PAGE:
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J/121 Update and Caribbean 600

J/121 Update and Caribbean 600

This past February I had the good fortune of racing in the Caribbean 600 for the first time, and it should be a race at the top of your bucket list. For starters, most boats stay in Falmouth and English Harbors of Antigua, which happen to be the winter destinations of choice for many of the world’s largest and most luxurious cruising yachts. From S/Y Maltese Falcon to 8-decked motor yachts, it’s a heck of a boat show!

 

Comparing the race to the usual highlight races like Annapolis to Newport, Newport to Bermuda, Transpac, and Montego Bay Races, the Caribbean 600 is more of an obstacle course, tacking and gybing your way around 13 of the most beautiful Caribbean Islands in a 600 mile sprint. The trade winds, which blow generally from the ENE at 15-20kts, make for once-in-a lifetime reaches and runs around many of the islands, starting and finishing back home in Antigua. This year I was sailing on a Swan 66 which moved us around the race track with comfort and speed despite the light wind we saw over most of the race course.

 

Since most of our race was a light wind affair, I had a lot of time to think about how lucky I was to be avoiding snow at home, and how much fun this kind of adventure racing can be in the right boat. There is a new boat coming out that is aimed at making events like this much easier for owners and crews. The boat is the new J/121 under construction in Rhode Island; the deck being laid on hull #1 as I write this.

 

The design brief was simple for the J/121: go fast with less crew and be easier to sail. It is a modern J Boat design with some serious nods to being an offshore machine. All headsails are set up to be furled or managed short-handed, which means less crew needed for the sail changes that are important in races like the C600. To compensate for fewer crew members, the boat carries water ballast in each aft quarter to replace crew on the rail. Think of having 2 to 3 crew on deck sailing, but the righting moment of having an extra 4 to 5 on the rail hiking! The boat accommodates twin wheels thanks to a wide transom and hull form that carries its beam further aft, which further improves reaching stability in conjunction with the water ballast. Being a J Boat means it still needs to go to weather like a true windward leeward boat, so the J design team made sure to keep that in mind when designing the wider transom and hull form.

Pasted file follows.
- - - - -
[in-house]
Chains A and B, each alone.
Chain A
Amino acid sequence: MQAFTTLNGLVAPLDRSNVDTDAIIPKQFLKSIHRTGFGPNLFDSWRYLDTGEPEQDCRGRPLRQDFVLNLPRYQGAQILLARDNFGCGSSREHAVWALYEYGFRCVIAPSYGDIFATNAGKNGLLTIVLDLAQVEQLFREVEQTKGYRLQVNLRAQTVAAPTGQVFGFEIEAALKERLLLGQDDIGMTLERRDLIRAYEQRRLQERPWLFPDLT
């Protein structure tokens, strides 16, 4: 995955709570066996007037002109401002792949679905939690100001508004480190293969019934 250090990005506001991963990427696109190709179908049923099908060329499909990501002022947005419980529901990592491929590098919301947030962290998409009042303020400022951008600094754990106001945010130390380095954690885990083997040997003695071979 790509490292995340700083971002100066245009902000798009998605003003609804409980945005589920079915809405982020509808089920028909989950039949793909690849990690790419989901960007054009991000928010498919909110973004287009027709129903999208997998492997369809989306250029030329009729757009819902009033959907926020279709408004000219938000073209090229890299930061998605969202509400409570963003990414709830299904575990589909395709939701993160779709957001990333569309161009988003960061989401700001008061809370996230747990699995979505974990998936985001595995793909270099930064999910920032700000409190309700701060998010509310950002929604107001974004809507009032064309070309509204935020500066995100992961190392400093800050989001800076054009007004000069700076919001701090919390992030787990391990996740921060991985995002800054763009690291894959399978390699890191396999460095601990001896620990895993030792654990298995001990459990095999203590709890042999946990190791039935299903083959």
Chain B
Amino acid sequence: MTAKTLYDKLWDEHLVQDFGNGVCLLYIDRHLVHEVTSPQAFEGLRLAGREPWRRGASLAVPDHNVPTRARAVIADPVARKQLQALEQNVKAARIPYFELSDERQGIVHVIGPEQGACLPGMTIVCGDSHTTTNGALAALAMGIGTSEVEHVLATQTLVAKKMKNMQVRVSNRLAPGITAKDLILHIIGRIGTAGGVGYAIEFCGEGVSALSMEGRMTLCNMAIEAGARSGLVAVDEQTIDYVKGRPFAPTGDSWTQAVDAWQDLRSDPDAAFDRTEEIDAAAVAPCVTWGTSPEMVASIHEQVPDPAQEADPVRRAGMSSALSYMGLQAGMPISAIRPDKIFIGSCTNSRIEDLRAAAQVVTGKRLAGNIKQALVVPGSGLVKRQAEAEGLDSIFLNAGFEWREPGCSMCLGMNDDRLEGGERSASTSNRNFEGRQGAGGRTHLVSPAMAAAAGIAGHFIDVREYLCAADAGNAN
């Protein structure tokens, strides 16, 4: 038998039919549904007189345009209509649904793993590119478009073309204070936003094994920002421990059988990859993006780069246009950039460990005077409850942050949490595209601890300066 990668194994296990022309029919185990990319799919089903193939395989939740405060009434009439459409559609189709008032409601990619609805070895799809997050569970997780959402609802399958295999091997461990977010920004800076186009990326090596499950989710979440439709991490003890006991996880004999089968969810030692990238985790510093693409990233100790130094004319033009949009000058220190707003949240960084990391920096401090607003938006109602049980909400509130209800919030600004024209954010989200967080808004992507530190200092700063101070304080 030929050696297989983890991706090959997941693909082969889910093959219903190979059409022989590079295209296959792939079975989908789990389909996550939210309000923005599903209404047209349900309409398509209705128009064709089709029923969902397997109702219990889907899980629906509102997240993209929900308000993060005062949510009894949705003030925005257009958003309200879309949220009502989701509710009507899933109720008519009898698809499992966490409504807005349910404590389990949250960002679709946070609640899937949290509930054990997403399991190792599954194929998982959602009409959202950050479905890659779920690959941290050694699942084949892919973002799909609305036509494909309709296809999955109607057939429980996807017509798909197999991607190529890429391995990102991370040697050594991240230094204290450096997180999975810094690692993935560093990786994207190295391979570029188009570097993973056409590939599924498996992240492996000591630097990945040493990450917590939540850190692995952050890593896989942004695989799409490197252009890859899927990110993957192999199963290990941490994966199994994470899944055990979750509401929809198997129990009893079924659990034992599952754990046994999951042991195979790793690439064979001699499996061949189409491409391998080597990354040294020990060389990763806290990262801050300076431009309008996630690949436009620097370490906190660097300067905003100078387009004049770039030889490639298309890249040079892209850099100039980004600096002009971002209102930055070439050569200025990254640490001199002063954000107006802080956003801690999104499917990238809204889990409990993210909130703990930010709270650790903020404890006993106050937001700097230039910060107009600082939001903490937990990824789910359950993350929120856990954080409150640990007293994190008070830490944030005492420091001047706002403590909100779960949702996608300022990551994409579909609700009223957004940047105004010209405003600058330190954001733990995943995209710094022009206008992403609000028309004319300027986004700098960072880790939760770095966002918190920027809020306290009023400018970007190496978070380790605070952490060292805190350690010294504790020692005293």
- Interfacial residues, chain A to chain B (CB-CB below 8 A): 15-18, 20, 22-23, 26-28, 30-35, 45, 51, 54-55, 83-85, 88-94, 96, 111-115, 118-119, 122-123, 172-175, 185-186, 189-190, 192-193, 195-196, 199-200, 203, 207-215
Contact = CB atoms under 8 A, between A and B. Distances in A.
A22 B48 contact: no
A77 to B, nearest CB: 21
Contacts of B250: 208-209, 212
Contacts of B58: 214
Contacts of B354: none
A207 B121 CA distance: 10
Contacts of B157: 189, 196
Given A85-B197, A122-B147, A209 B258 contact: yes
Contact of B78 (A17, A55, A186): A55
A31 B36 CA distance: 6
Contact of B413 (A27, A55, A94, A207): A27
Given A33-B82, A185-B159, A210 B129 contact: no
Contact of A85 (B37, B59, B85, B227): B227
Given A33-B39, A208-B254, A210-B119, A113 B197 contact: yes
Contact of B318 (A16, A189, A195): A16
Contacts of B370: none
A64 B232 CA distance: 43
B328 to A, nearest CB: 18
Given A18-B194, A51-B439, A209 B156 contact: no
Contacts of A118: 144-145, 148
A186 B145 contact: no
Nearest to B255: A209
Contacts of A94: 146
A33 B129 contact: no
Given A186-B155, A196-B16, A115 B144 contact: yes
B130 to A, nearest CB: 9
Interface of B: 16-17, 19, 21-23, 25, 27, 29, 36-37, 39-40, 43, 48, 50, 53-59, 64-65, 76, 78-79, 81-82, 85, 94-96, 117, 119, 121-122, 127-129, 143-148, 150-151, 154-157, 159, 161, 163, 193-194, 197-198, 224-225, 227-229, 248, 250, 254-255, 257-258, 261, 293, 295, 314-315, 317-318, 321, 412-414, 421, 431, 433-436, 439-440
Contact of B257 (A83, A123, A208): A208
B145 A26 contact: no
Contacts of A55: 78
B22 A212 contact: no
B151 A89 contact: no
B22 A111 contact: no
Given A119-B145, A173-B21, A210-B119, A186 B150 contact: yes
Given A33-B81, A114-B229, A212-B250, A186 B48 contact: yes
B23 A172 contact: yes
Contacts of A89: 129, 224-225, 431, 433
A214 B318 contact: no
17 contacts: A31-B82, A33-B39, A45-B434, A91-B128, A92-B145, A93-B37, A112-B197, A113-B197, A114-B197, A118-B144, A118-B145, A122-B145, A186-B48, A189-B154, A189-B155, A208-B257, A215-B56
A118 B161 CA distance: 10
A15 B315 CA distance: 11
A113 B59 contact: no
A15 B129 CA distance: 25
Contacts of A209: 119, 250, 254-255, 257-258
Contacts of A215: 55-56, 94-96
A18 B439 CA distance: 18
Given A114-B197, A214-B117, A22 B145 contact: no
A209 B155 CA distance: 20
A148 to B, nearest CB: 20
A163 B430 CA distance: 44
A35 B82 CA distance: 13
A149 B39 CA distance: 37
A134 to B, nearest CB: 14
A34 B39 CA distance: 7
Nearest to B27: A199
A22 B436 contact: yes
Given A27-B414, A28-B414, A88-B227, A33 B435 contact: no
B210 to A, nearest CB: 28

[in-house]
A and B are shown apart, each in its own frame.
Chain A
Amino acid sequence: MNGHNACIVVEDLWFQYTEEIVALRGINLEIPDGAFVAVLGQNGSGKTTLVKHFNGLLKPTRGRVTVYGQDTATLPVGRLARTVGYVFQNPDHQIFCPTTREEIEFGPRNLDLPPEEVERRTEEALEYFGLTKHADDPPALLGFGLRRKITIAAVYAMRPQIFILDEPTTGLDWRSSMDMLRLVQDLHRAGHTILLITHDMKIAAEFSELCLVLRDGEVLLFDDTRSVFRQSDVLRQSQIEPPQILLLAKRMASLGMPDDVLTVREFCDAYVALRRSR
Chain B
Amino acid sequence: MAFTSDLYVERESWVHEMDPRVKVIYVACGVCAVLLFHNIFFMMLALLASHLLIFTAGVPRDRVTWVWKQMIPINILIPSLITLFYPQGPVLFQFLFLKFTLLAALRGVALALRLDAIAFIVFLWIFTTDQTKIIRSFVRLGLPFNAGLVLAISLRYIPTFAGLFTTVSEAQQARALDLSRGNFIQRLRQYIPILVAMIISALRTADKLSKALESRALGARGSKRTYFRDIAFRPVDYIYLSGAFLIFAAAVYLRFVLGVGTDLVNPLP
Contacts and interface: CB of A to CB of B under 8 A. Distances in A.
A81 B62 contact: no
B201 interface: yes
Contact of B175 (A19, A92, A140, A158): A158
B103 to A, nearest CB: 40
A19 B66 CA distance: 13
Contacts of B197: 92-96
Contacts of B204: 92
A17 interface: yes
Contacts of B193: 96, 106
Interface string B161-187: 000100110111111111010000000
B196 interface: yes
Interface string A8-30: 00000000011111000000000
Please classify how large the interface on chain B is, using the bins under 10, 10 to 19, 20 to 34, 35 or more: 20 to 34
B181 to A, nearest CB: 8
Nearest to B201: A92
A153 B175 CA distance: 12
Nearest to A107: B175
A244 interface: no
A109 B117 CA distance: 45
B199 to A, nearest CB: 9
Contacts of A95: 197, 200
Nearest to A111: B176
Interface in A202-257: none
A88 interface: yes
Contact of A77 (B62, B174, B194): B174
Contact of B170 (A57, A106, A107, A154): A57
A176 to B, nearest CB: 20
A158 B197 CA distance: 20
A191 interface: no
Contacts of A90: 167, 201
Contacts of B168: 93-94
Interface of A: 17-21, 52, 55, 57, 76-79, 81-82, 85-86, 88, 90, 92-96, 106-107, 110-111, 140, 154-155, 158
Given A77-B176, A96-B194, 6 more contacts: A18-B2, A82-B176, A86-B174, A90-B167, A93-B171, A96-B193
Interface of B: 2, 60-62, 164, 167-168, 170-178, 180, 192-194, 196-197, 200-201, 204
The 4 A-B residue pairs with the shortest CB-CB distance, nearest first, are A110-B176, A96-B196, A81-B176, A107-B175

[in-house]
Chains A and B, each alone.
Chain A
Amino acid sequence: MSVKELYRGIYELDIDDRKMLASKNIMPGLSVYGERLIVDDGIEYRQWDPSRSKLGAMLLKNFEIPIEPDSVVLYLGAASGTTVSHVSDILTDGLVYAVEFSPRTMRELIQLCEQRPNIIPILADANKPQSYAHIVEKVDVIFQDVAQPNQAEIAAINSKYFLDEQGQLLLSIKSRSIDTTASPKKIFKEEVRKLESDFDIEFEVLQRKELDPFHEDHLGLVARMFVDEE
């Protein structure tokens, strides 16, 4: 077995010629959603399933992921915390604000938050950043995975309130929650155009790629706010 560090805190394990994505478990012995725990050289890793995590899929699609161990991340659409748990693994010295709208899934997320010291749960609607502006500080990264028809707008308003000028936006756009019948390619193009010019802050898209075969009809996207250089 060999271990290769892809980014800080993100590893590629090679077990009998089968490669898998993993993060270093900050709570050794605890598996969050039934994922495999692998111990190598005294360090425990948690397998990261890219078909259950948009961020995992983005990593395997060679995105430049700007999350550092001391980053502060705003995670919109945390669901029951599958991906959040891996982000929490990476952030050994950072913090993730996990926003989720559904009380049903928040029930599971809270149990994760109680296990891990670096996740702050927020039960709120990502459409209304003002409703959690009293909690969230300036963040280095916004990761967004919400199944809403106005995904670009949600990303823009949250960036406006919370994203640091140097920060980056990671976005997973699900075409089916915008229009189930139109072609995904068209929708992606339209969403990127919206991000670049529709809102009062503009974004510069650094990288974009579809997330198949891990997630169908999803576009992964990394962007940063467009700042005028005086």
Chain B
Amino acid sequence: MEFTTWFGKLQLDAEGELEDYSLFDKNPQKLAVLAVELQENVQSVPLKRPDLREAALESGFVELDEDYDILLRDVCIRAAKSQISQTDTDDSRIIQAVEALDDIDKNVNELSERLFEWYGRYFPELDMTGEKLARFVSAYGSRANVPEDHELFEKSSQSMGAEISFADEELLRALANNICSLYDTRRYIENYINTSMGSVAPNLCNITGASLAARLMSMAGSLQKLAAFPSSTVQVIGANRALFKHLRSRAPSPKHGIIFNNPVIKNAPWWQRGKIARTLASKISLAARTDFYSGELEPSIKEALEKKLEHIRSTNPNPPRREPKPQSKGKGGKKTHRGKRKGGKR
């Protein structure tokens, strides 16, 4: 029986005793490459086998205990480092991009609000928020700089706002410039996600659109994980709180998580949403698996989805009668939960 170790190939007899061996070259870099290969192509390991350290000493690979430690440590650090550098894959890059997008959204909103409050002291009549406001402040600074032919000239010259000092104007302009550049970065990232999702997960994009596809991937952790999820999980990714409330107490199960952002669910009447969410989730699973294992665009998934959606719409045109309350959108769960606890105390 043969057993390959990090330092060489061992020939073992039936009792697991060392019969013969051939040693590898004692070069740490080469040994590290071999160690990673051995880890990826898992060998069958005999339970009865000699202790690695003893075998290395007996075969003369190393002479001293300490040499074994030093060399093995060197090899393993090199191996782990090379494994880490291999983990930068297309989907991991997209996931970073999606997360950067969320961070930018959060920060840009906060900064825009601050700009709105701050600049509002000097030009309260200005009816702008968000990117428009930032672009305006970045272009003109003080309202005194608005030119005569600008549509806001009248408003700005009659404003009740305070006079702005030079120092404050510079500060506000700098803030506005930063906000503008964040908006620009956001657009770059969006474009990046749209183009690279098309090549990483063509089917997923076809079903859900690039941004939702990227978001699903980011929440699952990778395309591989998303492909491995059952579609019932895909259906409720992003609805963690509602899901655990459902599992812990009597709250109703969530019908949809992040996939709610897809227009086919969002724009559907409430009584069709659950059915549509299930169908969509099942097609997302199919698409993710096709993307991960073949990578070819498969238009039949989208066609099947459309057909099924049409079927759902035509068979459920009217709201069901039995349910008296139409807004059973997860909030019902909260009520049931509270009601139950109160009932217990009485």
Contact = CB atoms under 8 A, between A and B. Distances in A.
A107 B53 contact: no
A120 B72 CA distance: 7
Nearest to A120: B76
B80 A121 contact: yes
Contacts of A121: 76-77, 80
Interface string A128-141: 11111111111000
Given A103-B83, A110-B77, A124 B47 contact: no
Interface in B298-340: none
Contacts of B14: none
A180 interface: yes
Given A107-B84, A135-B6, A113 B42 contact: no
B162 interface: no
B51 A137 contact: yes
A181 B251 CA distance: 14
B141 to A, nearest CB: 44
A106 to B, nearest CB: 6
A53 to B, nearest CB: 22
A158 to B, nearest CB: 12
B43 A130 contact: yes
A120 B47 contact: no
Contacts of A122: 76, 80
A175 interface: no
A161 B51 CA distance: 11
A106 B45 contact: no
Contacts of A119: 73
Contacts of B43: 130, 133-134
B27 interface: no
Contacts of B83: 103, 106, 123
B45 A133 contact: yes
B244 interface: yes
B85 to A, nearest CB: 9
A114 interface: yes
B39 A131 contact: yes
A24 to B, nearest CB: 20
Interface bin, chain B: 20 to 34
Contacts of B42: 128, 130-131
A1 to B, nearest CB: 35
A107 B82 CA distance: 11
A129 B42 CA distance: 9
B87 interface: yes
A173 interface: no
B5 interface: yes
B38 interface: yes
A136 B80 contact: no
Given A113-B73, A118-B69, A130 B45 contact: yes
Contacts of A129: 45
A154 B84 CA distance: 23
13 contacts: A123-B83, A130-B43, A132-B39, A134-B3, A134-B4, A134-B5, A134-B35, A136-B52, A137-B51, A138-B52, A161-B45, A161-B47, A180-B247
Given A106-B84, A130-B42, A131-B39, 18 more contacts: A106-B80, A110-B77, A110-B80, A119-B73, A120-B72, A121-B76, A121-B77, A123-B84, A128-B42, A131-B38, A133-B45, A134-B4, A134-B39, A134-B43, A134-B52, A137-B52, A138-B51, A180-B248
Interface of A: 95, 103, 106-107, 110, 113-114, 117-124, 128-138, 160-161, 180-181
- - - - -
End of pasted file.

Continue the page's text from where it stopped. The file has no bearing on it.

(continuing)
In just over a month we will see the first J/121 hit the water, and I really expect this boat to change the game for distance racing and adventure sailing. Having a boat that is easier to sail, requires less crew, but still fast, means races like the Caribbean 600 will be back on the list for many owners and their crews. In a short time there will be enough boats on the water for One-Design distance races, and who doesn’t love the idea of that? If you have been itching to tick off some offshore miles or a few items off of your bucket list, give us a call.

 

Written by:

Grady Byus 

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